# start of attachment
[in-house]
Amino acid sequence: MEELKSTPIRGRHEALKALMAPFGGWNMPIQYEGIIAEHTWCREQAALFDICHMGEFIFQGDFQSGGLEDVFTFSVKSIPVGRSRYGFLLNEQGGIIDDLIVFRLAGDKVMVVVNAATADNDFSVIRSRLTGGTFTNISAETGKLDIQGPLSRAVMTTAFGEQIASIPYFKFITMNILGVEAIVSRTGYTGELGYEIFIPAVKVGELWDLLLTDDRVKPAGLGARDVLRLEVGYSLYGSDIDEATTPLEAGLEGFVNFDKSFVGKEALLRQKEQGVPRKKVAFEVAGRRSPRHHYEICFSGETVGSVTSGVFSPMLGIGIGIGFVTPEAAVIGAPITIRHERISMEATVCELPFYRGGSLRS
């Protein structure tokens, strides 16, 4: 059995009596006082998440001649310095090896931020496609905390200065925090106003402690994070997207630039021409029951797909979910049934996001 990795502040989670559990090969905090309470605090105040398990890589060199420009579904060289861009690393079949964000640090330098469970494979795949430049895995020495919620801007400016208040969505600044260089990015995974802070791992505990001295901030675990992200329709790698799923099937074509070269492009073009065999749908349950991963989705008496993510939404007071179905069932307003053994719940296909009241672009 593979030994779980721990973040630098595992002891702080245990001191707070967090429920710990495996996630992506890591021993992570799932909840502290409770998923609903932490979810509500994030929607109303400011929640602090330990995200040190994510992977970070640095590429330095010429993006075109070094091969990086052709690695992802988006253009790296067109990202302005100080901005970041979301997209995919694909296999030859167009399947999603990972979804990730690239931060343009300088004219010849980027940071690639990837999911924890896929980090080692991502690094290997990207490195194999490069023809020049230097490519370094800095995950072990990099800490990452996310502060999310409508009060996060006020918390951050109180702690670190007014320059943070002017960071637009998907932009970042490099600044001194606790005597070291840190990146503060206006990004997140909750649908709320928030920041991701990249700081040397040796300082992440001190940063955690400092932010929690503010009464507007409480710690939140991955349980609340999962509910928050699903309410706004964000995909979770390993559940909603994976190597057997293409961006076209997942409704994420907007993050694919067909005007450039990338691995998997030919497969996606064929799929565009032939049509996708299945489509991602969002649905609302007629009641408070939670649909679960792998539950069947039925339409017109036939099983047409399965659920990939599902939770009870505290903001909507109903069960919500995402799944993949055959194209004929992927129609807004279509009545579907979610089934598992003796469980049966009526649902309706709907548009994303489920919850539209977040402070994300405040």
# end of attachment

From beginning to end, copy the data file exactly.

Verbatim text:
[in-house]
Amino acid sequence: MEELKSTPIRGRHEALKALMAPFGGWNMPIQYEGIIAEHTWCREQAALFDICHMGEFIFQGDFQSGGLEDVFTFSVKSIPVGRSRYGFLLNEQGGIIDDLIVFRLAGDKVMVVVNAATADNDFSVIRSRLTGGTFTNISAETGKLDIQGPLSRAVMTTAFGEQIASIPYFKFITMNILGVEAIVSRTGYTGELGYEIFIPAVKVGELWDLLLTDDRVKPAGLGARDVLRLEVGYSLYGSDIDEATTPLEAGLEGFVNFDKSFVGKEALLRQKEQGVPRKKVAFEVAGRRSPRHHYEICFSGETVGSVTSGVFSPMLGIGIGIGFVTPEAAVIGAPITIRHERISMEATVCELPFYRGGSLRS
């Protein structure tokens, strides 16, 4: 059995009596006082998440001649310095090896931020496609905390200065925090106003402690994070997207630039021409029951797909979910049934996001 990795502040989670559990090969905090309470605090105040398990890589060199420009579904060289861009690393079949964000640090330098469970494979795949430049895995020495919620801007400016208040969505600044260089990015995974802070791992505990001295901030675990992200329709790698799923099937074509070269492009073009065999749908349950991963989705008496993510939404007071179905069932307003053994719940296909009241672009 593979030994779980721990973040630098595992002891702080245990001191707070967090429920710990495996996630992506890591021993992570799932909840502290409770998923609903932490979810509500994030929607109303400011929640602090330990995200040190994510992977970070640095590429330095010429993006075109070094091969990086052709690695992802988006253009790296067109990202302005100080901005970041979301997209995919694909296999030859167009399947999603990972979804990730690239931060343009300088004219010849980027940071690639990837999911924890896929980090080692991502690094290997990207490195194999490069023809020049230097490519370094800095995950072990990099800490990452996310502060999310409508009060996060006020918390951050109180702690670190007014320059943070002017960071637009998907932009970042490099600044001194606790005597070291840190990146503060206006990004997140909750649908709320928030920041991701990249700081040397040796300082992440001190940063955690400092932010929690503010009464507007409480710690939140991955349980609340999962509910928050699903309410706004964000995909979770390993559940909603994976190597057997293409961006076209997942409704994420907007993050694919067909005007450039990338691995998997030919497969996606064929799929565009032939049509996708299945489509991602969002649905609302007629009641408070939670649909679960792998539950069947039925339409017109036939099983047409399965659920990939599902939770009870505290903001909507109903069960919500995402799944993949055959194209004929992927129609807004279509009545579907979610089934598992003796469980049966009526649902309706709907548009994303489920919850539209977040402070994300405040």